March 11, 2013 at 1:18 am |
    • Ken

      You would think that they'd come in multiples of two, wouldn't you? One for the cook, maybe?

      March 11, 2013 at 8:25 am |
    • Veritas

      My favorite is still Lot having incestuous s3x with his two daughters. Talk about "family values" 🙂

      March 11, 2013 at 8:35 am |
    • Bible Clown©

      I've got a trick with underinflated balloons where I show how the foreskins thing went. It's a real crowd pleaser. Sometimes I get arrested for doing it, though.

      March 11, 2013 at 8:59 am |
    • Ken

      They didn't show Lot doing that, or even offering his daughters up to the mob to be ra.ped. It's a total whitewash job, except for all the gory violence. The producers obviously know what their audience likes.

      March 11, 2013 at 9:46 am |
  10. Doobs

    He looks like Jesse Pinkman's older brother.

    March 11, 2013 at 12:34 am |
    • JK

      haha. nice!

      March 11, 2013 at 5:50 am |
    • End Religion

      Let's cook!

      March 11, 2013 at 8:07 am |
  11. snowboarder

    i wish all the ladies were bricks in a pile and i were a mason, i'd lay them all in style...

    March 11, 2013 at 12:33 am |
    • Bible Clown©

      Roll yer leg over the Man in the Moon? I heard all those songs, matey.

      March 11, 2013 at 9:00 am |
  12. ArgleBargle

    It's not religion, it's entertainment.

    People even want to be entertained while worshiping God, because they don't have enough respect or reverence for Him to shut up, be still, humble and listen. If people spent more time listening and less time flapping their lips, God might be able to get a word in edgewise.

    March 11, 2013 at 12:06 am |
    • Ken

      Without entertainment to distract people during worship they might actually, you know, think about what's being said. See the problem?

      March 11, 2013 at 12:12 am |
    • Nottrue

      Caters to people who can't think for themselves. It's amazing how much money people sling to support religious things like this that don't really exist.

      March 11, 2013 at 12:17 am |
    • Religion is


      How does god get a word in edgewise?

      March 11, 2013 at 12:20 am |
    • *

      "If people spent more time listening and less time flapping their lips, God might be able to get a word in edgewise."

      Poor wittle, weak and unimaginative god...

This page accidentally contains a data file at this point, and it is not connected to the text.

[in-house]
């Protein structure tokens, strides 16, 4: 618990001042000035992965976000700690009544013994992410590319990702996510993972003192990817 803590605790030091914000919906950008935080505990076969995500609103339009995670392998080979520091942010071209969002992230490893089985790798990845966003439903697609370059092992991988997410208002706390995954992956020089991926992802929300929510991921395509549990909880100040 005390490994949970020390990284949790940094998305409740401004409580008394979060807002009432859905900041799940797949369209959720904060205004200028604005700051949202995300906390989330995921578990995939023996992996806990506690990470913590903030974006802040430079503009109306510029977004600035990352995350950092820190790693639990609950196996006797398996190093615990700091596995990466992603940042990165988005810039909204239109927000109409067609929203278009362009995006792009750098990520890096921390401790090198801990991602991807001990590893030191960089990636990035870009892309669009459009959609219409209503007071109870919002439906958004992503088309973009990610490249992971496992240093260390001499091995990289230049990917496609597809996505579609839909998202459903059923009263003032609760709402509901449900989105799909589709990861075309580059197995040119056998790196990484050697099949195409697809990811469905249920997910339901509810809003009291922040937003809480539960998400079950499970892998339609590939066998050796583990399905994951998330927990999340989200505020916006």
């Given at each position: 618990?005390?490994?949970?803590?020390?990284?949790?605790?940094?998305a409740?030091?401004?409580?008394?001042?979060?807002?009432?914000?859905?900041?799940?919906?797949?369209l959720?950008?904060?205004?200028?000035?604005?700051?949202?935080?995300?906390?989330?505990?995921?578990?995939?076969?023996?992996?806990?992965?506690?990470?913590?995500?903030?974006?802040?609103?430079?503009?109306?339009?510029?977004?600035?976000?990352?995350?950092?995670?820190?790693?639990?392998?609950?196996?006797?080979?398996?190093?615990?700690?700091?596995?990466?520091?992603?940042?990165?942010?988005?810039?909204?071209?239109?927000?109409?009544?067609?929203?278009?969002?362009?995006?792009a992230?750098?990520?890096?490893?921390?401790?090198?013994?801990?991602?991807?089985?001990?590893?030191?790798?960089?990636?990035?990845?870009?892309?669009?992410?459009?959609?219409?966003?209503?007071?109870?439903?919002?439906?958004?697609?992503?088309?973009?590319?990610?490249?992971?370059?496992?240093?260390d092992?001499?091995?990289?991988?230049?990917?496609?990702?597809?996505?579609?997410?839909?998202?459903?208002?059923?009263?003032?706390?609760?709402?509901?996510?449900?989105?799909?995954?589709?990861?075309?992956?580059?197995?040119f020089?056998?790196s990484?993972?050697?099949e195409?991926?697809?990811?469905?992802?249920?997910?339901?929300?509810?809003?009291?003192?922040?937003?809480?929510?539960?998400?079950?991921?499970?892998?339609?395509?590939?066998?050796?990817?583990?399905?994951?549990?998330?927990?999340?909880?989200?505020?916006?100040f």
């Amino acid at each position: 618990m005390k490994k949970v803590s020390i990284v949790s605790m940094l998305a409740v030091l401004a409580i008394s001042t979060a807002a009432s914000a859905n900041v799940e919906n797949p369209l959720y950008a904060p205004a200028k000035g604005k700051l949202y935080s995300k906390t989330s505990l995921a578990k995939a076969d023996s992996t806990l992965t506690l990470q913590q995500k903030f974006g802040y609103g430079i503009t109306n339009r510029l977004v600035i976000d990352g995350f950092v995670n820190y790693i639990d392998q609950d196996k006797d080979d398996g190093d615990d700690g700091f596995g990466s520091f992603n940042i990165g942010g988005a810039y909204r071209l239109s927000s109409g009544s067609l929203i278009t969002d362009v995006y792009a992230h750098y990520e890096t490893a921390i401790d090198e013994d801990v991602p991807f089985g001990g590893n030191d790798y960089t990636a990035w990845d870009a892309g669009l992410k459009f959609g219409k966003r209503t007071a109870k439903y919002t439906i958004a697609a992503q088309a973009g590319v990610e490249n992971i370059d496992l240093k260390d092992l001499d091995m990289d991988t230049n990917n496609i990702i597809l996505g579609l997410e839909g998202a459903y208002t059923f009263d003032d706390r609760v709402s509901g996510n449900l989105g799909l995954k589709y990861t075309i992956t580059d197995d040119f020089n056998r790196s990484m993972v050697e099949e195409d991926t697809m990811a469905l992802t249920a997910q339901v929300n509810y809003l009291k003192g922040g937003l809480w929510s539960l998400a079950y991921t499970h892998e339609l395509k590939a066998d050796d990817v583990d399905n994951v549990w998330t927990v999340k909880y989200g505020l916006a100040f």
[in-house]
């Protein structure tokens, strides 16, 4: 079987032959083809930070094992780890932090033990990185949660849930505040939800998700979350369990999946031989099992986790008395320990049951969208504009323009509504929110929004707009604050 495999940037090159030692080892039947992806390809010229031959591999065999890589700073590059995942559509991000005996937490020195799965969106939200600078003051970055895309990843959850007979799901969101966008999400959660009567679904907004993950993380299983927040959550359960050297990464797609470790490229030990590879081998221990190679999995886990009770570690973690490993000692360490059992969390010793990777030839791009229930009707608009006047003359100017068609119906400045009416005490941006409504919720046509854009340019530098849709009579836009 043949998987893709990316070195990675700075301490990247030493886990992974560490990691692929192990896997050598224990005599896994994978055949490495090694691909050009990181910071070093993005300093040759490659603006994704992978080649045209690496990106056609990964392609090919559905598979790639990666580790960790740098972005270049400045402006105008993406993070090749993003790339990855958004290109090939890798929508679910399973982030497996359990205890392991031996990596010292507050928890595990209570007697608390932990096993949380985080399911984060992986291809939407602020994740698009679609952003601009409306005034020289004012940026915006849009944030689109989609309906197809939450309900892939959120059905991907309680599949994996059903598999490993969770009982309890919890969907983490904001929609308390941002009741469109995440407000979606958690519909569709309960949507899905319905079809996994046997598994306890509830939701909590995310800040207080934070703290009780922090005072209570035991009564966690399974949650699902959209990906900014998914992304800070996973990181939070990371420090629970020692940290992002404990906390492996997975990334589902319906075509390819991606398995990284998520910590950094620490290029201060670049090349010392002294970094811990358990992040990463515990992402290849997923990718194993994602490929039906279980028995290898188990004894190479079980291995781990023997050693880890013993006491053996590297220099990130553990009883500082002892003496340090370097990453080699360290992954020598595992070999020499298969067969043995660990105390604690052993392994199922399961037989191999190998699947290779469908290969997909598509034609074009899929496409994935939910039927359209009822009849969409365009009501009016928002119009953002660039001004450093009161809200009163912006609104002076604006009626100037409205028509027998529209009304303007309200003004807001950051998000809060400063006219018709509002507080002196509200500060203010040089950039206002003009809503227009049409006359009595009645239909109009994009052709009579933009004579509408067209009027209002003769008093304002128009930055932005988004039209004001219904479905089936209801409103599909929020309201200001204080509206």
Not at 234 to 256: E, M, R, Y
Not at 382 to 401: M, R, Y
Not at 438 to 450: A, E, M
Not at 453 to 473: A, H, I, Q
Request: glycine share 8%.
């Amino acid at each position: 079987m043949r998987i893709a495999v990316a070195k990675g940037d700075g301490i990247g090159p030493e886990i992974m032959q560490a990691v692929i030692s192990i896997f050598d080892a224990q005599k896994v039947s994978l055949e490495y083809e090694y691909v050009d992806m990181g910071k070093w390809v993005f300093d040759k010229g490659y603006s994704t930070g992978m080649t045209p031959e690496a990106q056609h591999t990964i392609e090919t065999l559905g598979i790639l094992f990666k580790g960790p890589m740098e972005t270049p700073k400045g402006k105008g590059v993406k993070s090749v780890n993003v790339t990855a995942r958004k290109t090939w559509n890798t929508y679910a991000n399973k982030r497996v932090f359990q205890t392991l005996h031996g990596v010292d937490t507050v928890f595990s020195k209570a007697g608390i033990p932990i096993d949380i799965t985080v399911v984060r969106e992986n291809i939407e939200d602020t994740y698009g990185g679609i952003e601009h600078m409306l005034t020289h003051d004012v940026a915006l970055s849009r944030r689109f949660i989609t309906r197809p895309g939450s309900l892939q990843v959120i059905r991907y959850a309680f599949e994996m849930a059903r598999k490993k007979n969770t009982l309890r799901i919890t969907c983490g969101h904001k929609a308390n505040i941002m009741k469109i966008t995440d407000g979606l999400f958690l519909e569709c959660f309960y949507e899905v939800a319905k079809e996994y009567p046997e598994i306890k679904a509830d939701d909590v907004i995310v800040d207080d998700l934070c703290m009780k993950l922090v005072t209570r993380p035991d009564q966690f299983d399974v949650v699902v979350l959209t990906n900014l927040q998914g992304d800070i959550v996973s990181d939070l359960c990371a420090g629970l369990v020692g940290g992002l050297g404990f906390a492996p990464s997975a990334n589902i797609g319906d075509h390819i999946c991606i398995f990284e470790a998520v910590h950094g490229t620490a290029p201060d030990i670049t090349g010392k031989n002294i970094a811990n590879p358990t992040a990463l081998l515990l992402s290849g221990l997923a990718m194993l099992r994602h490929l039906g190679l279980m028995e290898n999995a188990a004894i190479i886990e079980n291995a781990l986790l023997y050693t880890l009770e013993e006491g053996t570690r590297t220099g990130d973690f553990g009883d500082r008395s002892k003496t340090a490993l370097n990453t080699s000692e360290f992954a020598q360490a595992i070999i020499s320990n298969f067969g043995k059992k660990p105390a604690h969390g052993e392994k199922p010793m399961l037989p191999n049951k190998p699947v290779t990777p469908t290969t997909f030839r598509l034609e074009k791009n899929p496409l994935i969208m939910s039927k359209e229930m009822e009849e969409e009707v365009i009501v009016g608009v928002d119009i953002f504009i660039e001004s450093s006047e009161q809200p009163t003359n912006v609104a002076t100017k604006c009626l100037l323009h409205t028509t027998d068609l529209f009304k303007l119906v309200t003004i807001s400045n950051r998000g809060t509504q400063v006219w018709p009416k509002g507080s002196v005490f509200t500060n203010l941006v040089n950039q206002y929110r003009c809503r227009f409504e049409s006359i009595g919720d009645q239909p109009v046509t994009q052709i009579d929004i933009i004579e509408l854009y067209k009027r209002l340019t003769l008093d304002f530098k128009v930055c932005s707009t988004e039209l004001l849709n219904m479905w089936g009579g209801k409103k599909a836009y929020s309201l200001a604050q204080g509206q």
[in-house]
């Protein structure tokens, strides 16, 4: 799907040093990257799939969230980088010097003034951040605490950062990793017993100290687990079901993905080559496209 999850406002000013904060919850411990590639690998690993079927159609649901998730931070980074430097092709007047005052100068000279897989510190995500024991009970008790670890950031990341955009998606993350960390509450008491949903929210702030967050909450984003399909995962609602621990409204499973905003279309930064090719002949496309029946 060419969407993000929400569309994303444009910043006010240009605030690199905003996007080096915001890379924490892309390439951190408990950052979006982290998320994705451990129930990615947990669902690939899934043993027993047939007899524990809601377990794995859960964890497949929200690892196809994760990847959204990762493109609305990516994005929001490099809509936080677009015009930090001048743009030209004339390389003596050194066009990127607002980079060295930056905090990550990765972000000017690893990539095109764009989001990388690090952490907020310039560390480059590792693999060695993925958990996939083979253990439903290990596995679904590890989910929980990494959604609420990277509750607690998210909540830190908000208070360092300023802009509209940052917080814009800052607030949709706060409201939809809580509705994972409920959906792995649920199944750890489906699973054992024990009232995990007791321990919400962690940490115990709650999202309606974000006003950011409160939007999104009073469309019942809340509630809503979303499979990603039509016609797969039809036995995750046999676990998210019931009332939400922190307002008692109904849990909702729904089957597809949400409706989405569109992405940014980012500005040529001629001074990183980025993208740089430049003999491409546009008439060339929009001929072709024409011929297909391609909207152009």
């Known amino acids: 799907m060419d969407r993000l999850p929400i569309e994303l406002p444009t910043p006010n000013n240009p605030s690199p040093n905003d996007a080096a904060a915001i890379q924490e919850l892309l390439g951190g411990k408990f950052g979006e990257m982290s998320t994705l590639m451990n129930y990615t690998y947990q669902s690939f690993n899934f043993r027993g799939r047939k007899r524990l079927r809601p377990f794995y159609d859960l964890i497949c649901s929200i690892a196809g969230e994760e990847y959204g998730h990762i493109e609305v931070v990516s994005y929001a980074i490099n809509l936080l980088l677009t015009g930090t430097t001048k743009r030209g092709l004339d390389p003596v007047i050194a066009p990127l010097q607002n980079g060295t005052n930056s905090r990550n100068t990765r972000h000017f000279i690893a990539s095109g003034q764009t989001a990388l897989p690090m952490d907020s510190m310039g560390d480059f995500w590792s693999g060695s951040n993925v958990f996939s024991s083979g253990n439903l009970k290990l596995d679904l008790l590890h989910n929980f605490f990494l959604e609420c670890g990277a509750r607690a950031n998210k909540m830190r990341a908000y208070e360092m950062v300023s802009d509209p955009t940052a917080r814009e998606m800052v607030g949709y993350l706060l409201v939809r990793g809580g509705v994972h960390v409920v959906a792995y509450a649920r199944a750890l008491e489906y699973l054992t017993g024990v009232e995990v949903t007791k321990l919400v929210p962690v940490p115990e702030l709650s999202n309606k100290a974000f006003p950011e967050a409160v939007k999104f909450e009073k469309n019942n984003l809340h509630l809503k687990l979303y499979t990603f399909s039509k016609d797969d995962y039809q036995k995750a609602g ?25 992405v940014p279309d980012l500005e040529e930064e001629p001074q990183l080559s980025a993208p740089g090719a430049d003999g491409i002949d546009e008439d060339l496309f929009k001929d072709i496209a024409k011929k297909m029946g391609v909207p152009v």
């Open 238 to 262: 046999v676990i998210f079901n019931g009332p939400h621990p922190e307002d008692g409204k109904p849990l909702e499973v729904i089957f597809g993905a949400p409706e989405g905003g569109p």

March 11, 2013 at 12:22 am |
    • lol??

      Star, I posted mine first,

      Poor widdle confused babies, on a belief blog, no less.

      March 11, 2013 at 12:22 am

      March 11, 2013 at 12:27 am |
    • lol??

      What are ya, some kinda copy cat??

      March 11, 2013 at 12:28 am |
    • Jimmy

      Part of any discussion about belief are the many reasons why intelligent people don't believe.

      March 11, 2013 at 9:40 am |
  13. Seyedibar

    it's as if there is some sort of unspoken rule in Christian music that songs need no talent or soul or even a nice beat. Christian music is as vapid and thoughtless as every other aspect of their religion.

    March 11, 2013 at 12:03 am |
    • Chuck

      As I said earlier. Get rid of the christian schtick and he's a mediocre pop musician at best.

      March 11, 2013 at 12:14 am |
    • Ken

      It's the same in Christian literature, at least the stuff coming from the born-agains. No real plot, two-dimentional, black and white characters. The Left Behind series was really lame. Characters who knew they couldn't defeat their enemy. Pointless and boring.

      March 11, 2013 at 12:17 am |
    • Bible Clown©

      Aw, that's too harsh. Let's just say that it doesn't pay to write "worship music" that is controversial, challenging, or overly-accepting, and he wants to get paid. He didn't create the genre and he's not in a position to enlarge it, so why complain that he's doing well? If he makes people happy and fills them with good fellowship, maybe they won't stop off and set a bum on fire on their way home from church.

      March 11, 2013 at 3:06 pm |
  14. tony